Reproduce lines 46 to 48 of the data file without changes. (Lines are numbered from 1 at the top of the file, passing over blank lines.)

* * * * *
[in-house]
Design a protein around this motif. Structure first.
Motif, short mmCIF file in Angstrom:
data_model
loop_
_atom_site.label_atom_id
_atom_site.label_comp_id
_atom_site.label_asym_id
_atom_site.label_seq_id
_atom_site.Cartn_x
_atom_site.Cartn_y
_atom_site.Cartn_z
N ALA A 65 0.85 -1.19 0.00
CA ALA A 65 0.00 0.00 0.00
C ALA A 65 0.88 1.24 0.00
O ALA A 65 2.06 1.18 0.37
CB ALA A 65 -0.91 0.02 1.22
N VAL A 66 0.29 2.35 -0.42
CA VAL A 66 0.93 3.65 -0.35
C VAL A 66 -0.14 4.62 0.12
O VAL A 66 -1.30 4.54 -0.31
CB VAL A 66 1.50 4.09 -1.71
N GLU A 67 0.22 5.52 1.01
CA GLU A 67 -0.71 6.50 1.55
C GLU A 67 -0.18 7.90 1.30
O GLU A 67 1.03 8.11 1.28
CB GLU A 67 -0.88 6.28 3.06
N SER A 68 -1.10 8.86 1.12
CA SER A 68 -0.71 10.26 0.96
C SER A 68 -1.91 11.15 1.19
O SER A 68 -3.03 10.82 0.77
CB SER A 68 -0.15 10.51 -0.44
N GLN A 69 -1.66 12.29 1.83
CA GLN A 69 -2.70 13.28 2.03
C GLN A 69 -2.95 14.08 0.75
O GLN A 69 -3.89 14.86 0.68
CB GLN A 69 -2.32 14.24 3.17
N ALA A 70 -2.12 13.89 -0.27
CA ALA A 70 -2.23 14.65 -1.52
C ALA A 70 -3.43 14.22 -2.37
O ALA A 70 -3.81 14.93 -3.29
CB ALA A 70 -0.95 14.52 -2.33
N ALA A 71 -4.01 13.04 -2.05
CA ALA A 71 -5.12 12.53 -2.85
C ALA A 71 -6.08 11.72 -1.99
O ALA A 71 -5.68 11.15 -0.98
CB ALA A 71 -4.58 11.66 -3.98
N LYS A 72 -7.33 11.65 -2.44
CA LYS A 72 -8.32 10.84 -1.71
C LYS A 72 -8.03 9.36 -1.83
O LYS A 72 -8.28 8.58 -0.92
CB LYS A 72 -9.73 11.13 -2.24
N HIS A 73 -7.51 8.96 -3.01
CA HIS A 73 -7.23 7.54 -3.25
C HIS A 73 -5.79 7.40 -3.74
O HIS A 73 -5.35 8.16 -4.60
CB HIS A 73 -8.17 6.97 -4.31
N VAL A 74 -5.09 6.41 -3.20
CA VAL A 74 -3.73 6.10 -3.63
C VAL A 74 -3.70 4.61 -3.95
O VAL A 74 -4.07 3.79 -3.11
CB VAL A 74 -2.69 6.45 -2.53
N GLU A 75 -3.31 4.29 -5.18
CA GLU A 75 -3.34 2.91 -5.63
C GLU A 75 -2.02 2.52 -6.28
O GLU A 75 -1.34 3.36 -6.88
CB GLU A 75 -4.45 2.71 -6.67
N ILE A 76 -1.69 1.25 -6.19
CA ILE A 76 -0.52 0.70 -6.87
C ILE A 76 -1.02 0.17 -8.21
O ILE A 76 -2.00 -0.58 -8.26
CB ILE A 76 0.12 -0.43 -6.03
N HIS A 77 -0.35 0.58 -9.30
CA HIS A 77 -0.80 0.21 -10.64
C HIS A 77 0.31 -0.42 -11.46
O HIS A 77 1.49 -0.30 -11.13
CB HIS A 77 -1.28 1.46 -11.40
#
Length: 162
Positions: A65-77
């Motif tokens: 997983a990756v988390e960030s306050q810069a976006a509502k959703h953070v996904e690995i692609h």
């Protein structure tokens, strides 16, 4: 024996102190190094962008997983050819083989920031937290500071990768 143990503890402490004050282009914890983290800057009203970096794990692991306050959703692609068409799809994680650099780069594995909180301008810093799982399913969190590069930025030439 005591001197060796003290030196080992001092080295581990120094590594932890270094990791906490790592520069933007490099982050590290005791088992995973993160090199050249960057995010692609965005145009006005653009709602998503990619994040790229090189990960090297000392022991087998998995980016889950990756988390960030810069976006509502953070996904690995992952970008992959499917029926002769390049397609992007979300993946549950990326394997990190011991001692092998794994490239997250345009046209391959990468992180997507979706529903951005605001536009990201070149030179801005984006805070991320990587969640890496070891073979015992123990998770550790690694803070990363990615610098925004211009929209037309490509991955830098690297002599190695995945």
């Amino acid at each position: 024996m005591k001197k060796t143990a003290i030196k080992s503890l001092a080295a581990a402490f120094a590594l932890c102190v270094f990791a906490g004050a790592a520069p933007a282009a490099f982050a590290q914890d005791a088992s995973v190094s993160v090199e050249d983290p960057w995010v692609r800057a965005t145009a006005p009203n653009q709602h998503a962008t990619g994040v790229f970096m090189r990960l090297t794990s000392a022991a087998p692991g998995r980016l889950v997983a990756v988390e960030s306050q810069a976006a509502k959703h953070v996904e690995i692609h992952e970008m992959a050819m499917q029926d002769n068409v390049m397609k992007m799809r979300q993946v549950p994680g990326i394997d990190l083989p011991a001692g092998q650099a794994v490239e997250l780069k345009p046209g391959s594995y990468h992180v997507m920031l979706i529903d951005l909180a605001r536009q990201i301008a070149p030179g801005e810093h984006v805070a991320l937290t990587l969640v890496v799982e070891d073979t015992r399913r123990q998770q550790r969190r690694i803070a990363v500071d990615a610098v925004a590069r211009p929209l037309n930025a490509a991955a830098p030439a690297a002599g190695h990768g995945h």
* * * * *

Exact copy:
O ALA A 71 -5.68 11.15 -0.98
CB ALA A 71 -4.58 11.66 -3.98
N LYS A 72 -7.33 11.65 -2.44